An insightful review by Margo Dill at Women on Writing helping spread the word!

It is hard to express how great it is when someone looks past the book to the actual issues so hurting the education of our urban high school children.  Ms Dill’s review, alone, will do more to get the word out than all the books in the world!  My favorite lines in the review:  “One of his main points is right now, this is what is going on in our schools, and we are failing our kids. Shouldn’t we shake things up a bit, change things around, to reach more teens and bring them success? This book makes me want to shout from the mountaintop… Yes!

If you don’t know the WoW site, and are a writer (or a wannabe writer like me) this is a great site.  You don’t even have to be a woman to benefit from it! 🙂  Unlike so many “Writer Sites” that seem to be little more than scams, the WoW site offers a lot of help, resources,  and value-added for writers.  Check them out at    http://wow-womenonwriting.com/

I paste the actual review below, but you should head to the WoW blog page (and follow it!) to see the nature of their ideas and help for writers at http://muffin.wow-womenonwriting.com/

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Lifting the Curtain: The Disgrace We Call Urban High School Education by D. A. Russell (Review and Giveaway)

It’s probably no surprise to most readers, who pick upLifting the Curtain: The Disgrace We Call Urban High School Education by D. A. Russell, that there are problems in our cities’ high schools. Media likes to blame the teachers and administrators, and often legislators create laws to try and “fix” the problem. What’s refreshing about Lifting the Curtain is Mr. Russell is an urban high school teacher. He is in the middle of the problem, and he has researched it. Even better, he’s not just a whistle blower. He’s created several workable and practical solutions to tackle the issues that plague our high schools.

In the first 2/3 of the book, Russell explains why he writes about this issue as well as a survey he created for urban educators and high school students (and the results) and then eight systemic failures in the schools. The last third of the book is the solutions–there’s not just one as he points out. It’s not JUST the teachers, or ONLY parents, or THE administrators. The pages are adorned with illustrations from a tenth grade student, Jessica Fitzpatrick, who took Russell’s stick figures and created cartoon-like drawings to capture his points.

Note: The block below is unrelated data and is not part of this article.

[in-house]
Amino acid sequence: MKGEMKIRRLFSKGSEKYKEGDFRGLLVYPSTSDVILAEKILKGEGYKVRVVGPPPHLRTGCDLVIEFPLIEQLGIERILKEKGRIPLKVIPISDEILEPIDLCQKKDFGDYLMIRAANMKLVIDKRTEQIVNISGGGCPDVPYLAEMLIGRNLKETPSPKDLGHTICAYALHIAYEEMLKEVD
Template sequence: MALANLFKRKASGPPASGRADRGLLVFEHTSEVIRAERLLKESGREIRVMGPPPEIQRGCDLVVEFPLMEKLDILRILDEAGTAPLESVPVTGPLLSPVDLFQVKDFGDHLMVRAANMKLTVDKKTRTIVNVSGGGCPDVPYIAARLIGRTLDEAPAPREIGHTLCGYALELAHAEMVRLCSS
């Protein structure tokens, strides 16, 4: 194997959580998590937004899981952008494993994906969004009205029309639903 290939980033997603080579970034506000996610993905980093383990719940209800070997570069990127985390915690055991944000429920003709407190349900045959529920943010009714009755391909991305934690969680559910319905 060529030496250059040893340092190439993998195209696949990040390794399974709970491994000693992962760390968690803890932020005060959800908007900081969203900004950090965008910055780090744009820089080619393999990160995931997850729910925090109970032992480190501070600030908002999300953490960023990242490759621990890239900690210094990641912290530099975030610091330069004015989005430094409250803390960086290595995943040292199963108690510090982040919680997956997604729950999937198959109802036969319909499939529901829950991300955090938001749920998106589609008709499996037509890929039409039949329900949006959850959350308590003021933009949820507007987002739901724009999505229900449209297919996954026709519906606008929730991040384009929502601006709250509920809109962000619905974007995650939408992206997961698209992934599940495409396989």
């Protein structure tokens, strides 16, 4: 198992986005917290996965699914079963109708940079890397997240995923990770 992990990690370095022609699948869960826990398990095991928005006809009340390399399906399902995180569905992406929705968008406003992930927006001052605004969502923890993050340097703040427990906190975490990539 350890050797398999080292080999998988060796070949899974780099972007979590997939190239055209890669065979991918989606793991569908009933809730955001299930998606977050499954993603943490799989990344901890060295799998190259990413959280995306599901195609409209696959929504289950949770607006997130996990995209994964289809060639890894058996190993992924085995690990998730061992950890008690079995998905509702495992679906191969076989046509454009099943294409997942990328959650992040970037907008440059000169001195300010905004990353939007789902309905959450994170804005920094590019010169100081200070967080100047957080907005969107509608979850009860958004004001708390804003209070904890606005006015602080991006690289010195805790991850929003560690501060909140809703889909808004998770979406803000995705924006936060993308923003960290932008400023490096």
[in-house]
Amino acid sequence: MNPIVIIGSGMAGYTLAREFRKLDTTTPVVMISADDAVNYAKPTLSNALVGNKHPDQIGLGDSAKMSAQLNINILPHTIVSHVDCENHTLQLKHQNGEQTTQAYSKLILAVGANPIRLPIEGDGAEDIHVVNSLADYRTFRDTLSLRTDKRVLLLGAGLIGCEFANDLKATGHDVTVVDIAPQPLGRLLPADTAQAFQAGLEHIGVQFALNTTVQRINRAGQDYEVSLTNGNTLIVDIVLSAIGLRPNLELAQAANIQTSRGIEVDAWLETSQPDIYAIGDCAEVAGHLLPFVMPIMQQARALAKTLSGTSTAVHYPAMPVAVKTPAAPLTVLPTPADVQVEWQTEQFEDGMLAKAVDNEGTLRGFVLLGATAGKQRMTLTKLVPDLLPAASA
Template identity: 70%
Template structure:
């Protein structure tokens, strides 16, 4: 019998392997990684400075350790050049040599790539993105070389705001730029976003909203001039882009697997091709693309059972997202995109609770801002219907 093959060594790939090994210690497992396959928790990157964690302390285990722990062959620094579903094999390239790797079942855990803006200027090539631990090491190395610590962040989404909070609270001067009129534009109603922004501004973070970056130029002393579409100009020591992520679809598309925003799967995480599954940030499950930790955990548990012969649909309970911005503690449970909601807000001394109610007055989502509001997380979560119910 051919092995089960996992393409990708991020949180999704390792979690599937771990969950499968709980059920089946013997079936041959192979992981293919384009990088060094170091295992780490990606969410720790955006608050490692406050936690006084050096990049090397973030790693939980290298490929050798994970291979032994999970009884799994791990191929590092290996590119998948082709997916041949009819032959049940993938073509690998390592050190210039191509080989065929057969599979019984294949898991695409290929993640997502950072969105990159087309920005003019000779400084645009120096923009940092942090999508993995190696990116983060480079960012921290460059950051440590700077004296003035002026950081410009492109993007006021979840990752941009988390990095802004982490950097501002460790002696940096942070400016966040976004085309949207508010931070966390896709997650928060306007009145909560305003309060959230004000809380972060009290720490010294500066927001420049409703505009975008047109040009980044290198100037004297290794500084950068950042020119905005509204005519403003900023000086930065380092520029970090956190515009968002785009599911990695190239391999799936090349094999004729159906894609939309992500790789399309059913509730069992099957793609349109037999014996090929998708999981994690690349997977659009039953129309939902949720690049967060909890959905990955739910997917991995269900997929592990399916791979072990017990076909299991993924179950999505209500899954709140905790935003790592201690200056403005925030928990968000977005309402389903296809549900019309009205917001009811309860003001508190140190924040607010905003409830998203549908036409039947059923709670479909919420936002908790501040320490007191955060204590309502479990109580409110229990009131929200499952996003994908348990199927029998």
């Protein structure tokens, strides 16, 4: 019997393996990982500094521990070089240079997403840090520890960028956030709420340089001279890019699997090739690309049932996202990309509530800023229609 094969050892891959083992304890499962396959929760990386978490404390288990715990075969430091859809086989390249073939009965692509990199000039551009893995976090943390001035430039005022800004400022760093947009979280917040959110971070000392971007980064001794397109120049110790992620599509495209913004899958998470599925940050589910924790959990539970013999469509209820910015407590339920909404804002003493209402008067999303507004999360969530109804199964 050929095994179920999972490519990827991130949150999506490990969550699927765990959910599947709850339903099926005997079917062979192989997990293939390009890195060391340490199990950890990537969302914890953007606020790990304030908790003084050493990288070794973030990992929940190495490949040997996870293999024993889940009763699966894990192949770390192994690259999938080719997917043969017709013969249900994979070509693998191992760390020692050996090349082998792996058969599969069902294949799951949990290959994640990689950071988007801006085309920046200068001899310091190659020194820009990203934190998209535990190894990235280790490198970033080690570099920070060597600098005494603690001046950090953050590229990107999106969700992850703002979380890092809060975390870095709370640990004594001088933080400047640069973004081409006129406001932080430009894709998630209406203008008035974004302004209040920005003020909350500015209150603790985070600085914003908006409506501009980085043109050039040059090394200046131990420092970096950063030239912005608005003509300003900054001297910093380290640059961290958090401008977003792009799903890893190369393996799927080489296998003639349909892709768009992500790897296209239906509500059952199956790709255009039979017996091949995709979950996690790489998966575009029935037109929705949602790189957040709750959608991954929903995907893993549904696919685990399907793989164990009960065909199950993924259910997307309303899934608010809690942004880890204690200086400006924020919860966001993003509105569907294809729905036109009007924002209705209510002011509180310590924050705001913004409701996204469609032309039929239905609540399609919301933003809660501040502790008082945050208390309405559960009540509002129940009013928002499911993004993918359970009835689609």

So what are some of these systemic failures that Russell sees from his own experiences and from studying the surveys? Here’s just a sampling of his list: unqualified administrators, rampant cronyism, inclusion classes, special education hijacked by parents, burned out teachers, and teacher unions. Although you may or may not agree with each of his points, his passion for getting to the root of the problem and helping teenagers is all over these pages. One of his main points is right now, this is what is going on in our schools, and we are failing our kids. Shouldn’t we shake things up a bit, change things around, to reach more teens and bring them success? This book makes me want to shout from the mountaintop… Yes!

His solutions may also be controversial to some, but these are ideas you will see on blogs and in the news. Again, he is saying, “We need to do this. We need to change. Here’s how we start.” What I love is that he’s not just pointing out the problem, and he’s not targeting any one group as being wrong. His solutions range from fixing trust and integrity issues within the walls of the schools to allowing children to receive failing grades so they know they need to try harder, from focused professional development plans for teachers to make-up days for absences or truancy and more.

If you believe in education and want to help urban students succeed, Lifting the Curtain is a book for you to check out. All educators would benefit from reading it, regardless of where or whom they teach. Mr. Russell is brave to tackle this emotional and tough topic, and he does so with grace and passion.

This entry was posted in Common core, Education, High schools, Public Education, Teachers, Teaching, Urban High Schools and tagged , , , , , , , . Bookmark the permalink.

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